Shamima Begum said her jihadi husband Shamima has declined to condemn ISIS’s beheadings or use of sexslavs, but he hopes for a caliphate. 

Yago Riedijk (199), a Kurdish-run prisoner in northern Syria, spoke out about the couple’s “beautiful” past life as extremists.

He claimed that ISIS’s attacks against the West weren’t ‘Islamicly Responsible’ as they involved the killing of innocent people, which is prohibited in Islam. However, he refused to condemn ISIS’ violence against Yazidis who were used as sex slaves and other Muslims. 

Riedijk was also silent about ISIS beheadings. He said only that he couldn’t comment when asked to.  

Later, the 29-year old said that he didn’t believe ISIS had been defeated and that he still desired to see an Islamic caliphate.

He smiled as he spoke about married life with Begum in the caliphate and described ‘beautiful memories’ of baking cakes as a family.   

Begum, a Dutch extremist, married Begum just days after arriving in Syria in 2015. Begum was 15 years old when she came from East London. Together, the couple had three children, who all died. 

Begum is held in the Kurdish-run Refugee Camp al-Roj, northern Syria. This comes amid a continuing struggle to return to Britain after being stripped of her citizenship in Feb 2019.

Riedijk is being held in al-Roj detention centre. Riedijk was sentenced in the Netherlands in 2018 to six years imprisonment for his participation in an extremist group.

Riedijk married Shamima Begum (pictured with her son Jerah in 2019), days after she arrived in Syria from East London, aged 15, in 2015 and the couple had three children together, all of whom have died

Shamima Begum, Riedijk’s daughter, was married to Shamima Beum, just days after arriving in Syria in 2015. She arrived from East London in 2015, at the age of 15, and they had three children.

Begum (pictured) is being held in Kurdish-run refugee camp al-Hol in northern Syrian amid an ongoing battle to return to the UK after she was stripped of her citizenship in February 2019

Begum (pictured) is held in the Kurdish-run Refugee Camp al-Hol, northern Syrian. This happens amid an ongoing fight to get back to the UK.

Riedijk spoke to Alan Duncan who is a Scots veteran and making a documentary about ISIS. He said that he didn’t agree with ISIS’ terror attacks against Germany, France, and the UK, as they were involving killing ‘innocent persons’. 

“Personally, these attacks are not right for me because of a few reasons. Islam prohibits the killing of innocent Muslims, children and women.

These attacks are not Islamically responsible, according to me [sic]He said, ” 

Riedijk however refused to comment on the Yazidis being attacked by Muslims or Yazidis, who were then sold to ISIS as sexslaves.

ISIS has more than 2,800 Yazidi girls and boys still missing. 

Riedijk revealed that he had discussed the possibility of marrying Begum in person with Begum upon her arrival in Syria in 2015. 

It was nothing major. You can do small things such as going shopping. She requested some liberties, and I was willing to grant them. Shopping, visiting friends. He said that basic stuff is all you need.

Begum requested a dowry for an English translation, and he accepted. 

As Begum gave birth to their second child, Jalah, he smiled as he remembered the family’s baking of cakes for money.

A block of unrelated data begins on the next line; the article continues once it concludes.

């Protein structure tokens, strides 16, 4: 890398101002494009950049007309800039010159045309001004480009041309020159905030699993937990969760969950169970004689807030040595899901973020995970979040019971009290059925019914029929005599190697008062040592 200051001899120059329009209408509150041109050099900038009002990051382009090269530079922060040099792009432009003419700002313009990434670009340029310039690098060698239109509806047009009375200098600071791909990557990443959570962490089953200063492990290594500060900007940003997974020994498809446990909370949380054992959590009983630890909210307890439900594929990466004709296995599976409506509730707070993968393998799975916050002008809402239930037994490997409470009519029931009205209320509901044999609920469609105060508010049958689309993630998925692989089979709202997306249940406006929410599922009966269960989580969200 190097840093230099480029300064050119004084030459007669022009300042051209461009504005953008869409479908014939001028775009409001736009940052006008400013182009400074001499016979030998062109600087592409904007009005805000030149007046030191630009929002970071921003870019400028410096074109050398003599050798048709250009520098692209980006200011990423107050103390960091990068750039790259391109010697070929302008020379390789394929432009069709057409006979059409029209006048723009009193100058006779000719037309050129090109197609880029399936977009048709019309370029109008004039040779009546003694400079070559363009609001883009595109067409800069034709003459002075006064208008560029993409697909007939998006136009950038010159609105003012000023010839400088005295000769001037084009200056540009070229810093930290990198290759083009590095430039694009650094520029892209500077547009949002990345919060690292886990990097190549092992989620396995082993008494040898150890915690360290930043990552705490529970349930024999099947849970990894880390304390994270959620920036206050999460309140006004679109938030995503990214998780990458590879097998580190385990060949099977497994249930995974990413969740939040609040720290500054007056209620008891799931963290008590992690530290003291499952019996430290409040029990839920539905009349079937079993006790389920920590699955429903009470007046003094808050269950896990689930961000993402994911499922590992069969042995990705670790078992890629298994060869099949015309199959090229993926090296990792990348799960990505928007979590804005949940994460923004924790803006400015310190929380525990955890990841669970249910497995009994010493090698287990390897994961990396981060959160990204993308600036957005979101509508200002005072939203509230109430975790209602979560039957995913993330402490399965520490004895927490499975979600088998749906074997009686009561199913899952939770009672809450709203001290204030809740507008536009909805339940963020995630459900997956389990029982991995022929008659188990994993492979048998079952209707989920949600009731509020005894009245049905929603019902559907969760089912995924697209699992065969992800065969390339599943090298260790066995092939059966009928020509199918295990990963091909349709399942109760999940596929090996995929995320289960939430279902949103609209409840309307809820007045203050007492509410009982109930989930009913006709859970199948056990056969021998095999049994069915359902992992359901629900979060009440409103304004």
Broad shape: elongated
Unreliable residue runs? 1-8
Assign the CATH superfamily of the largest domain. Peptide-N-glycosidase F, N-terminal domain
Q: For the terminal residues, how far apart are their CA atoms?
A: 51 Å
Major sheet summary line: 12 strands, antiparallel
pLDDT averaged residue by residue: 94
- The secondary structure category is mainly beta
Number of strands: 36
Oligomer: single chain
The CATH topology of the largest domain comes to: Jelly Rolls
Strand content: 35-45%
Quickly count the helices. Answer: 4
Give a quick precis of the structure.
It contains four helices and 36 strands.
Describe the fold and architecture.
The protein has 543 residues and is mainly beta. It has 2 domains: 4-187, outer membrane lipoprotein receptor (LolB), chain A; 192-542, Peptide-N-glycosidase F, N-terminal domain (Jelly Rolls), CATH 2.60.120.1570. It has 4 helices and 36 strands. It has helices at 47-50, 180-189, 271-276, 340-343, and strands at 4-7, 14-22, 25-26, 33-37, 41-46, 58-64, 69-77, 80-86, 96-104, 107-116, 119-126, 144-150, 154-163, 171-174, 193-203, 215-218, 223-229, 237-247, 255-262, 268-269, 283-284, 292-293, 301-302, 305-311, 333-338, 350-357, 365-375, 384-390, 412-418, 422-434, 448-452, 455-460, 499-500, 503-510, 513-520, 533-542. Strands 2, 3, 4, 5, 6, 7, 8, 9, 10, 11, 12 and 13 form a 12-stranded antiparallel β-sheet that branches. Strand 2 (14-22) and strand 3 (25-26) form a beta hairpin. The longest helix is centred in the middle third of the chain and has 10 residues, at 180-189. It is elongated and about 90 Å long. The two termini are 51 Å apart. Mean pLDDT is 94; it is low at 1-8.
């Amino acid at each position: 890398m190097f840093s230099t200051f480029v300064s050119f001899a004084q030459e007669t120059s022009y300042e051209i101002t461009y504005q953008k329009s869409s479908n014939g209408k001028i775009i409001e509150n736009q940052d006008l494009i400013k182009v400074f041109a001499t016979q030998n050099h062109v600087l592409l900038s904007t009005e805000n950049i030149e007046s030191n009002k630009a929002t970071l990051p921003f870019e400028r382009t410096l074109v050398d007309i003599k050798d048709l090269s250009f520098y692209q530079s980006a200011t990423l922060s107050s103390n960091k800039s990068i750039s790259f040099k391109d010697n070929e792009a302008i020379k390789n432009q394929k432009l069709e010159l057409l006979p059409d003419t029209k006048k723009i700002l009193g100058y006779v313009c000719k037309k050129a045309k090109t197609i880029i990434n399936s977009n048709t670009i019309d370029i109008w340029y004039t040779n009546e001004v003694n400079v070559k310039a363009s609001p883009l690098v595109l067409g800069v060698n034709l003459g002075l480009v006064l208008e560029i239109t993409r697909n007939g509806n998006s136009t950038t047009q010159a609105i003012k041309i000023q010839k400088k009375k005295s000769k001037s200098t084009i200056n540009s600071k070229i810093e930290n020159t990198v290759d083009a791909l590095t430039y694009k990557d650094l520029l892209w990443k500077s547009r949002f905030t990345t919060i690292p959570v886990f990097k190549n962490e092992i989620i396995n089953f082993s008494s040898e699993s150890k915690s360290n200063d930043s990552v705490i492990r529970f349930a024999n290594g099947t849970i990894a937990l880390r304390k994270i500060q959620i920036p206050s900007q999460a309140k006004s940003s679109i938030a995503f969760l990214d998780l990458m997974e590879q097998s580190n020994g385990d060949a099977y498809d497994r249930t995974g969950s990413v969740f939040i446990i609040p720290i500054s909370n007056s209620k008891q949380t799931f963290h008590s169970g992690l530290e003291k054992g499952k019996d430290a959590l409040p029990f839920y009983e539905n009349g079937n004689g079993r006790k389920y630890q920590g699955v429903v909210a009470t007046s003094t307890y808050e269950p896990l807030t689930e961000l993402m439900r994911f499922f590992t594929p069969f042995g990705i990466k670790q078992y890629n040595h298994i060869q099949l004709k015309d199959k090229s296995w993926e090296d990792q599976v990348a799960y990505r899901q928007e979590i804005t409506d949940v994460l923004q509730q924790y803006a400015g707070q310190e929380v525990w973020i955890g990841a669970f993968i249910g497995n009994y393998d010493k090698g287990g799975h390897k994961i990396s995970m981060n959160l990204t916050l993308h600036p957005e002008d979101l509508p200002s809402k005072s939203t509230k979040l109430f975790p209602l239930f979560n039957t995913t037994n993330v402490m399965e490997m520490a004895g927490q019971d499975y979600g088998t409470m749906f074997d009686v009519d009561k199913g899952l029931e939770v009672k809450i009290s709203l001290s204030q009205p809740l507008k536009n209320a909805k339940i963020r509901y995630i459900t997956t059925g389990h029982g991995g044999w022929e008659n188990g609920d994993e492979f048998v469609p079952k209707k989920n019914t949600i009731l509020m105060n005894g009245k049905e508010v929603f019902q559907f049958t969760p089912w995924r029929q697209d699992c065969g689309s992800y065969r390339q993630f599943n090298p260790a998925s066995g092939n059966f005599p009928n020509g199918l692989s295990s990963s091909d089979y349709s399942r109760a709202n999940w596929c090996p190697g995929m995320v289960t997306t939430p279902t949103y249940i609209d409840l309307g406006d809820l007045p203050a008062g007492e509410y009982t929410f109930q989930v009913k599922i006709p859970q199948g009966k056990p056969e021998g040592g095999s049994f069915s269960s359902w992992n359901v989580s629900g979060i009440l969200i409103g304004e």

“There were many nice times with my wife, and our children at home. He shared some beautiful memories. 

The Dutch husband of Shamima Begum, Yago Riedijk, (pictured) has described 'beautiful memories' of their family life under the ISIS caliphate in an interview from prison

Shamima Begum’s Dutch husband Yago Riedijk has, in prison, described their “beautiful memories” of family life during the ISIS caliphate.

Begum said previously she still loves Riedijk (pictured) very much and fears she'll never see him again

Riedijk, pictured in the Netherlands in 2011, also disclosed that he had discussed the possibility of marriage with Begum upon her arrival in Syria in 2015. They agreed to terms before the couple tied the knot.

Riedijk claimed that it was hard for him to believe Begum went through two miscarriages and then gave birth to his three children. Riedijk spoke out about his first miscarriage and said, “It was difficult for me to bear.” He said, “I’m a family-man, I love my family and I love my children.”

Begum, he added, became pregnant shortly after the first miscarriage and then lost the baby the second time.  

According to Begum, he spoke more to Begum than he did to Begum when he was living in the caliphate. However, a 29-year old added that despite being in the caliphate, he still communicated with his family. 

Riedijk refused to make any comment on Begum’s views regarding ISIS’s executions and punishments. However, he said that seeing dead bodies on the streets was a disturbing sight and refused to condemn it. 

He said, “I cannot really comment.”  

He described death as part and parcel of daily living, and blamed the coalition bombing on the deaths of innocent Muslims. 

Riedijk was asked if ISIS had been defeated. He later replied that he wanted to see an Islamic caliphate.

Begum was among three Bethnal Green Academy schoolgirls who joined ISIS shortly after Sharmeena Begum (who is not related) travelled to Syria on December 2014.

Kadiza Sultana, 15 and Amira Abase were 16 respectively when they joined Begum for a flight from London, Istanbul, and then made their way to Syria.

Shamima Begum (centre) was one of three schoolgirls (pictured) from Bethnal Green Academy who went to join ISIS in 2015

Shamima Begum, centre (pictured), was one of three Bethnal Green Academy schoolgirls who joined ISIS in 2015.